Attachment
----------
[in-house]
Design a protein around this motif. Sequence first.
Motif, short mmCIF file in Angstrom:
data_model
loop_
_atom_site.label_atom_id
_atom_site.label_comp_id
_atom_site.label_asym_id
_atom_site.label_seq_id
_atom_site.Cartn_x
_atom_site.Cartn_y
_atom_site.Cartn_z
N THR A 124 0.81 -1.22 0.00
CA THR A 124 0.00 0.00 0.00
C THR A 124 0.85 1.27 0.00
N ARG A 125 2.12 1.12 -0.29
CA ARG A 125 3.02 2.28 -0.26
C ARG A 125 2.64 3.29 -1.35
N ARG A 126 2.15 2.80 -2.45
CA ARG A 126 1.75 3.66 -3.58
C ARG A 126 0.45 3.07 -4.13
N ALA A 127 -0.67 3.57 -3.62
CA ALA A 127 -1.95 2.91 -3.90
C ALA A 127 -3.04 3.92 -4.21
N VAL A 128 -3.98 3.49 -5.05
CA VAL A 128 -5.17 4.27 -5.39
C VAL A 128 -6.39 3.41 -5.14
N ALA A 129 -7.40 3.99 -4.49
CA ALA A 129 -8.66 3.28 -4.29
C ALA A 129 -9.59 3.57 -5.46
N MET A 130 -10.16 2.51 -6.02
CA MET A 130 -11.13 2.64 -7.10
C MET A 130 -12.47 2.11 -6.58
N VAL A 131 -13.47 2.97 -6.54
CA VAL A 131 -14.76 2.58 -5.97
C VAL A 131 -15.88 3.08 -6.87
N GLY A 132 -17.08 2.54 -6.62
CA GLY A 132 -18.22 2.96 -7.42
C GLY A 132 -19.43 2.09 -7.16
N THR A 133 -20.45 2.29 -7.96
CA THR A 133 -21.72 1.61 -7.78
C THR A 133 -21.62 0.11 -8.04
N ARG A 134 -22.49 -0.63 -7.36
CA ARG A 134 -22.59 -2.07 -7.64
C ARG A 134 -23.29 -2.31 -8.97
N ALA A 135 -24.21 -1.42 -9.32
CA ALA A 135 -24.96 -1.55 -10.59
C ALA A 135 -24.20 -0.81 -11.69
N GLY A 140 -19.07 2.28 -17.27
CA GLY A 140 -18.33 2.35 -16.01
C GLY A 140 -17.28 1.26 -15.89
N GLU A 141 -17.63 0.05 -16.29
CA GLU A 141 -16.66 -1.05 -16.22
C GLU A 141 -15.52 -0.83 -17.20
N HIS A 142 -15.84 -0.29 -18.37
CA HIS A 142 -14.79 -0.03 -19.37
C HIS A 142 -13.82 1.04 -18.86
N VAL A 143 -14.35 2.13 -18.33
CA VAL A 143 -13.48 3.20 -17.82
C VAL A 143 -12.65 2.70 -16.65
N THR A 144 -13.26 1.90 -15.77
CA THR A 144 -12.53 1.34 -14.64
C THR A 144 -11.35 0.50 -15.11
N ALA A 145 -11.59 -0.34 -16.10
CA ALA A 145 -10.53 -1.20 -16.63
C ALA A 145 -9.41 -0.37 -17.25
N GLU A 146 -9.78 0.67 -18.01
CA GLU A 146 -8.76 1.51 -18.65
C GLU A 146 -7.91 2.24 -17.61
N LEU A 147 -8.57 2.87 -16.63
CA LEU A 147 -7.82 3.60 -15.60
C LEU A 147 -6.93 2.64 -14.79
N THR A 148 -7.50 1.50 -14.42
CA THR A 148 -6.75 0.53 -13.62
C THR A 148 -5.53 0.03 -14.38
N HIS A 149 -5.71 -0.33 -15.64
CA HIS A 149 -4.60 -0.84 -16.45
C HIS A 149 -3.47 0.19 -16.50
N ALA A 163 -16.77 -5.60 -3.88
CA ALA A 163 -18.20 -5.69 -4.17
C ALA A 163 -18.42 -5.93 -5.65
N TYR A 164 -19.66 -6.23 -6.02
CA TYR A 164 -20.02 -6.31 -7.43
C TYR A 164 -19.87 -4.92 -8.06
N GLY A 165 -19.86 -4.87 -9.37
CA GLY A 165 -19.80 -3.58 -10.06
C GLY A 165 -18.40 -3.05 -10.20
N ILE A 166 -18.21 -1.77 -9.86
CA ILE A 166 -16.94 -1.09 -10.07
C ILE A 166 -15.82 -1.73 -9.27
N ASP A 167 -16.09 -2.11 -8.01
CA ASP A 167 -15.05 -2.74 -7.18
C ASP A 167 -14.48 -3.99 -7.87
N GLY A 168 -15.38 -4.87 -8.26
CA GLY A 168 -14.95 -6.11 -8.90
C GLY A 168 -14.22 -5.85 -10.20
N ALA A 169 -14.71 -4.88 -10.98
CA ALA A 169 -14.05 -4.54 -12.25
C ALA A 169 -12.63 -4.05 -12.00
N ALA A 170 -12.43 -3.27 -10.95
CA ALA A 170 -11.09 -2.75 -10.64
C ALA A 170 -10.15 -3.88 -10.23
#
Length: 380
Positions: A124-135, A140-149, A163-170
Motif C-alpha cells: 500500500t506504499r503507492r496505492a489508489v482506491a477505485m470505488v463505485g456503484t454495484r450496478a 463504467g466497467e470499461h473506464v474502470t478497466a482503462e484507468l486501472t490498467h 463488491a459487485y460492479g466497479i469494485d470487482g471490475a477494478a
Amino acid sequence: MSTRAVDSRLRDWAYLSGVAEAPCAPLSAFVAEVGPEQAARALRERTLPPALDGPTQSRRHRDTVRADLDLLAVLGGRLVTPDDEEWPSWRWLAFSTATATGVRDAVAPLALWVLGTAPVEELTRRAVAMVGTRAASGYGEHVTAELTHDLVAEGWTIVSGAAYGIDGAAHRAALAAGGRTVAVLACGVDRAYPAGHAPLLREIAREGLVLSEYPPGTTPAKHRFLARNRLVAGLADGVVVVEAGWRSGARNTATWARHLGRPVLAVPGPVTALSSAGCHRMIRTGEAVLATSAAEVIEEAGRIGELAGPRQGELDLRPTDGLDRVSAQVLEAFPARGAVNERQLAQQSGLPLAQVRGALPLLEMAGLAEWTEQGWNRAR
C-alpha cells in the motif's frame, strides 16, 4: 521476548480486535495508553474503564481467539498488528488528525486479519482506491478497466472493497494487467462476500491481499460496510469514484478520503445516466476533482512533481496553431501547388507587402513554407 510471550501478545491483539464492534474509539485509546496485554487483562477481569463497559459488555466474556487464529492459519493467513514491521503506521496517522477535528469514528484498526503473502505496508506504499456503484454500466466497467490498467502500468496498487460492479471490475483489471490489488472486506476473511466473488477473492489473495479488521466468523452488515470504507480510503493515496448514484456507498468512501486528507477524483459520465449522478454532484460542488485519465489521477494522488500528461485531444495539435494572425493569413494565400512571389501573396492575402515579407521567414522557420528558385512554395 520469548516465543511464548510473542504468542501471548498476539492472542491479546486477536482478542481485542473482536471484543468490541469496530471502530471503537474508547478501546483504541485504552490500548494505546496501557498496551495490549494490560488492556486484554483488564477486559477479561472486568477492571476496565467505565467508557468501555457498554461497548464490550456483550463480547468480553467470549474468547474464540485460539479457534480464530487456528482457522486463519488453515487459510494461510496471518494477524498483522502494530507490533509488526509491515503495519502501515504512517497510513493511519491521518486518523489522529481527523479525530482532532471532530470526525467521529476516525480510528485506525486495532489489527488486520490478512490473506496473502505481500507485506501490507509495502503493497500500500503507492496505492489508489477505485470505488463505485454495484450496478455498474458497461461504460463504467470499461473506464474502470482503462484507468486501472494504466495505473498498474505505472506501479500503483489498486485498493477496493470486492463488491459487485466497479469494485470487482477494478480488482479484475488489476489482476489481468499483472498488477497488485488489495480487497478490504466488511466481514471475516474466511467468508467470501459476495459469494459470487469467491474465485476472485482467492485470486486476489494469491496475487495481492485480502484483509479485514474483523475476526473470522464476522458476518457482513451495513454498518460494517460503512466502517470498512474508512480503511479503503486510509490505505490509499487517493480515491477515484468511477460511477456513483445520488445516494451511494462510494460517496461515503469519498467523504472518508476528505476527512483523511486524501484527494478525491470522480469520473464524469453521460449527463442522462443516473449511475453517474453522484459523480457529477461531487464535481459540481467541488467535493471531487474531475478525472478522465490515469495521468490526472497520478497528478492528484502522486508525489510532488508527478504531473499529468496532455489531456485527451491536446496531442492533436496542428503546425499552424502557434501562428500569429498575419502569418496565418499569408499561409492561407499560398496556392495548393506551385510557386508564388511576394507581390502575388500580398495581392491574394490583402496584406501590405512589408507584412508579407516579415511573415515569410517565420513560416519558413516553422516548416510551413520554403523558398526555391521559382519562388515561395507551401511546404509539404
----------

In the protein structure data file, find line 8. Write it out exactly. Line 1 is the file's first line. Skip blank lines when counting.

_atom_site.label_asym_id